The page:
Garden shows always take me a long time to explore and the Malvern Autumn Show is one of the slowest. Not only are there interesting plants to hunt out, being my ‘local’ event, there are growers and designers to chat to about the past season and their future plans.
Aside from admiring the giant veg and apple displays at this year’s show, I discovered several plants for my growing plant wish list, heard about exciting developments at one of my favourite nurseries and picked up ideas for displaying flowers from my new cutting bed.
But one of the most interesting conversations concerned the show itself. I’ve long been critical of the way the Malvern Autumn Show is laid out and felt that the gardening was being sidelined, opinions I put to Head of Shows Diana Walton in a recent interview. She told me then that moving the RHS Flower Show out of the halls – commonly referred to as the cow sheds – was one of the changes being considered in a revamp of the event.
That move has now been confirmed by Nina Acton, Shows Development Executive, who told me: “There will be a floral marquee for next year.”
Shifting the plant displays into marquee with more natural light and a less claustrophobic feel is something that will be welcomed by exhibitors and visitors alike. It will be interesting to see what other changes are made.
One of the first growers I bumped into was Malvern stalwart Medwyn Williams whose display of perfectly grown and presented veg is always a show highlight.
This year, it won the coveted Best Exhibit in the RHS Flower Show award – something he’s achieved countless times before.
“I never get fed up with it though,” he assured me. “I’m pleased for the team.”
It had, he said, been a “funny season” with high temperatures in May and June that had affected plants later on.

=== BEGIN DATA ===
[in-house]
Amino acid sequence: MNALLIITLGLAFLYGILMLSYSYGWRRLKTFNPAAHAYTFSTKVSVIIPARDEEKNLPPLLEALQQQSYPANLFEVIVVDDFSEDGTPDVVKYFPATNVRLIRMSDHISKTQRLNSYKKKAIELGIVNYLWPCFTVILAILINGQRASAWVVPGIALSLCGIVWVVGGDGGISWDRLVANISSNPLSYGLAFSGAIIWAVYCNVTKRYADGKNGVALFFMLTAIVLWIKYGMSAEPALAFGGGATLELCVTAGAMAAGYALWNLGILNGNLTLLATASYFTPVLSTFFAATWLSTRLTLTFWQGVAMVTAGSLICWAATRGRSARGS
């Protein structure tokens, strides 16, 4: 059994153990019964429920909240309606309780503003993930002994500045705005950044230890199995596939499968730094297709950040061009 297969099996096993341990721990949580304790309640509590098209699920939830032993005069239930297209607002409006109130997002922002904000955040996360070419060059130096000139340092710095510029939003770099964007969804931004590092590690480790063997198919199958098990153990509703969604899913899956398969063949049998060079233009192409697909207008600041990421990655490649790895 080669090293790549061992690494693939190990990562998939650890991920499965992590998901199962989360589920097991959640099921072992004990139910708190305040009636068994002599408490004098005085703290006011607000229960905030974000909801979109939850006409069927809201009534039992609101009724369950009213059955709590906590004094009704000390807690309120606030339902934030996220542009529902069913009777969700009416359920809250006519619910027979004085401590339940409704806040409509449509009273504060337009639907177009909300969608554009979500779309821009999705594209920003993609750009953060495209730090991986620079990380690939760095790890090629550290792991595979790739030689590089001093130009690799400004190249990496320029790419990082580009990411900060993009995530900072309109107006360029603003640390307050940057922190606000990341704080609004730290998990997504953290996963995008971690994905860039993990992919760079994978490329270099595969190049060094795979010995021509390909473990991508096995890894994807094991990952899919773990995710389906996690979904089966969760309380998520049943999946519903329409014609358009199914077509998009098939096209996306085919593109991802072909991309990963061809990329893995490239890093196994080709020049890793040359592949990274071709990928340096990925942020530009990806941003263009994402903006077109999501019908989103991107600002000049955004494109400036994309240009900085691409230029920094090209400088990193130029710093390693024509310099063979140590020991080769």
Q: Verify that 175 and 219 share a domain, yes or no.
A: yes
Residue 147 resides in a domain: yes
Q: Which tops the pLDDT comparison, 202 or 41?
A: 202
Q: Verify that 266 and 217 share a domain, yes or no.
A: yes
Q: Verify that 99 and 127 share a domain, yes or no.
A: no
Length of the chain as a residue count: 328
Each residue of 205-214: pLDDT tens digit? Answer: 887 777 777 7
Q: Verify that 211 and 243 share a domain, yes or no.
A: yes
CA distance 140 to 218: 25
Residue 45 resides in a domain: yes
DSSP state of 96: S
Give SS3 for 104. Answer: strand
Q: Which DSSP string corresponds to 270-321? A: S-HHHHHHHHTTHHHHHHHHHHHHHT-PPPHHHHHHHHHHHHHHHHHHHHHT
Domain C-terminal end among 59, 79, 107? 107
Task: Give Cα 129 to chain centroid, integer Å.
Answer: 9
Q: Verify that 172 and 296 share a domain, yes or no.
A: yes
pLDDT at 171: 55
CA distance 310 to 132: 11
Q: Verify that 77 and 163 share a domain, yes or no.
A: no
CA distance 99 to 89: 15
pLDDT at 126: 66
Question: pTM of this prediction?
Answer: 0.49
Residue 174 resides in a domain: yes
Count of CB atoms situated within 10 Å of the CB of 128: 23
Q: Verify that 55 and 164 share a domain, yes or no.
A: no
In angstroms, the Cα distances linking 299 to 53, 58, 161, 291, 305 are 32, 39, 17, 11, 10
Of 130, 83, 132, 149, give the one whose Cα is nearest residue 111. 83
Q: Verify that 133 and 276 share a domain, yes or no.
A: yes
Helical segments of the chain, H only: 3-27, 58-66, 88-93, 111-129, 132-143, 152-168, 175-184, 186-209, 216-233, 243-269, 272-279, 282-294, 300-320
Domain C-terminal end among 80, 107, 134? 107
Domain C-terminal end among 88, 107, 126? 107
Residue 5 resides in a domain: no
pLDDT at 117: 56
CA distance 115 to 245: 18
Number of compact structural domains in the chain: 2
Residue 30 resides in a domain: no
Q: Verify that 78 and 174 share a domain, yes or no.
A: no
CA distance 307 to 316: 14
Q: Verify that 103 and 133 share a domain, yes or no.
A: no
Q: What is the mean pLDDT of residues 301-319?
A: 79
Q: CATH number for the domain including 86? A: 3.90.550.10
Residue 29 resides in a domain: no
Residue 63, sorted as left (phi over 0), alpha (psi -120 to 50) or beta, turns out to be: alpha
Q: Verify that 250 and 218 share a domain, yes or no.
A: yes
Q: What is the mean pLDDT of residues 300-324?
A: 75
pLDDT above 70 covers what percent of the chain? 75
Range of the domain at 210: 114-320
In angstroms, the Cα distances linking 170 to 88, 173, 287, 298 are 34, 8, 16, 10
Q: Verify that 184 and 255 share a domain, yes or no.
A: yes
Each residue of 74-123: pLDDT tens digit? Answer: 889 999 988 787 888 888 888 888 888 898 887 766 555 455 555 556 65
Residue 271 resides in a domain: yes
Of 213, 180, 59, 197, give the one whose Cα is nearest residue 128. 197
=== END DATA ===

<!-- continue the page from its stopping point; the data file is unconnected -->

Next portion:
“But we are very solid people who can take on all challenges and veg have an uncanny way of getting over things.”
It takes a team of six three days to assemble the intricate display as none of it is done before arriving at the showground.
“It’s the best bit for me,” said Medwyn. “Creating something from good quality veg is a joy.”
In comparison to Medwyn’s decades in the business, Julia Mitchell of Greenjjam is the new kid on the block, although her penstemon displays are fast becoming a regular at shows across the country.
Greenjjam is currently based in Evesham but there are plans to move to a bigger site over winter. More exciting, she told me about plans to launch ‘The White Nursery’ at next year’s RHS Malvern Spring Festival.
It will run alongside the existing business and will stock white or predominately white-flowered trees, shrubs, climbers and perennials.
“I just think white is beautiful,” she explained.
The award for most innovative exhibit was given to C&K Jones for their striking display of roses.
The Malvern Autumn Show is late in the season for roses and makes putting on a display challenging. This design by Rachel Jones, who runs the nursery with her husband, Keith, used individual blooms rather than whole bushes and highlighted the different uses of roses, including as edible petals on a ‘petal pizza’.
It was only the second outing for the idea, as the design was first tried out at the Harrogate Autumn Flower Show.